Nielsen Entertainment Research reports that music labels keep about 34 cents from each 99-cent music track sold through a-la-carte music services.

Approximately 31 cents goes to the seller, such as Apple Computer's (AAPL) iTunes Music Store, and about 34 cents is paid out for rights and royalties, the research firm determined in a study of the market for on-demand programming.

The economics of video downloads are similar. "Assuming the 70/30 split, the $1.39 net to the content owner is virtually identical to what a commercial-free episode of a TV series generates from a DVD box set," Nielsen said, according to the Hollywood Reporter. Nielsen is a division of VNU NV (VNUVY) .

There is no question that on-demand is the wave of the future, Nielsen said. "The issue is how to best monetize the opportunity and understand the underlying economic models." The concept of "consumer as programmer" is a challenge for businesses, Nielsen said.

HowStuffWorks.com Draws Millions From Icahn

The founder of WebMD, a medical information site, said his newest venture has drawn "tens of millions" of dollars from investor Carl Icahn. The site includes explanations and descriptions of products and processes such as how hollow chocolate Easter rabbits are made and how global positioning systems work. Jeff Arnold, chairman and chief executive of HowStuffWorks.com, said Icahn's level of involvement has made him a "significant" shareholder in the company. Arnold also announced that the site has inked exclusive content guides giving it online publishing rights to both Consumer Guide and the Mobil Travel Guide.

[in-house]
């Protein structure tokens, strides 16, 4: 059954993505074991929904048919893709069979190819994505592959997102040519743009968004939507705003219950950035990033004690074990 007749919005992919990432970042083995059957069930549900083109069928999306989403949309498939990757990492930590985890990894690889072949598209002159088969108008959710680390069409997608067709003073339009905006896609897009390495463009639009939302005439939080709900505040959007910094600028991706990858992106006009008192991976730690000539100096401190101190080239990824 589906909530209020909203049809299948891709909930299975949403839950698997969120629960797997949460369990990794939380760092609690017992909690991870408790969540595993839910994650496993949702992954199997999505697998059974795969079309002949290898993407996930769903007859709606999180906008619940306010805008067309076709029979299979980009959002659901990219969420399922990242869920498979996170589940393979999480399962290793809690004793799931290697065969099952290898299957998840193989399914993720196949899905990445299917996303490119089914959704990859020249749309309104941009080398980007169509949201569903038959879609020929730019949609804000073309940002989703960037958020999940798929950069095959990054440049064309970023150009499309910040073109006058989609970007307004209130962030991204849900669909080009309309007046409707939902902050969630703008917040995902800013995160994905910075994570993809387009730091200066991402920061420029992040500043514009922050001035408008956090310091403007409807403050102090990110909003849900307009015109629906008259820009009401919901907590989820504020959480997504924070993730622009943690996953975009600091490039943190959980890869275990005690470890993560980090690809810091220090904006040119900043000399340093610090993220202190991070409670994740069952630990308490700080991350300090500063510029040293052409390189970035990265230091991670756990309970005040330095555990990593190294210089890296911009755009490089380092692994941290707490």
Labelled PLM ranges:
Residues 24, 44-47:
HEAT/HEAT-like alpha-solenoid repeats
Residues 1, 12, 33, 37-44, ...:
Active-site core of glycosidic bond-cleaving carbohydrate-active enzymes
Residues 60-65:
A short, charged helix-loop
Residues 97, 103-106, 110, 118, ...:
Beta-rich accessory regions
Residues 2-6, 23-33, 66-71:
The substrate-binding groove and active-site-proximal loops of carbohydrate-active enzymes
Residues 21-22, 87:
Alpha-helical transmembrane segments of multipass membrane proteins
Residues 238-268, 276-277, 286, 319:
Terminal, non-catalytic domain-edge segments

New Yorkers Work the Web Ahead of Transit Strike

It's no longer uncommon after a major news event to read how the Internet covered the story. Amid uncertainty about the New York transit system's labor negotiations, the Internet has become a resource for people who like to plan before something happens. The "transit" discussion area on Craigslist.org has become a popular place for people to seek rides to work, in case buses and subways stop running, CNet pointed out. The New York Times Co.'s (NYT) About.com New York sections published "how to survive" guides detailing places where carpools can be formed, and contingency plans by railroads and the city government. Both the Metropolitan Transportation Authority (http://www.mta.nyc.ny.us) and the Transport Workers Union () are using the Internet to alert commuters.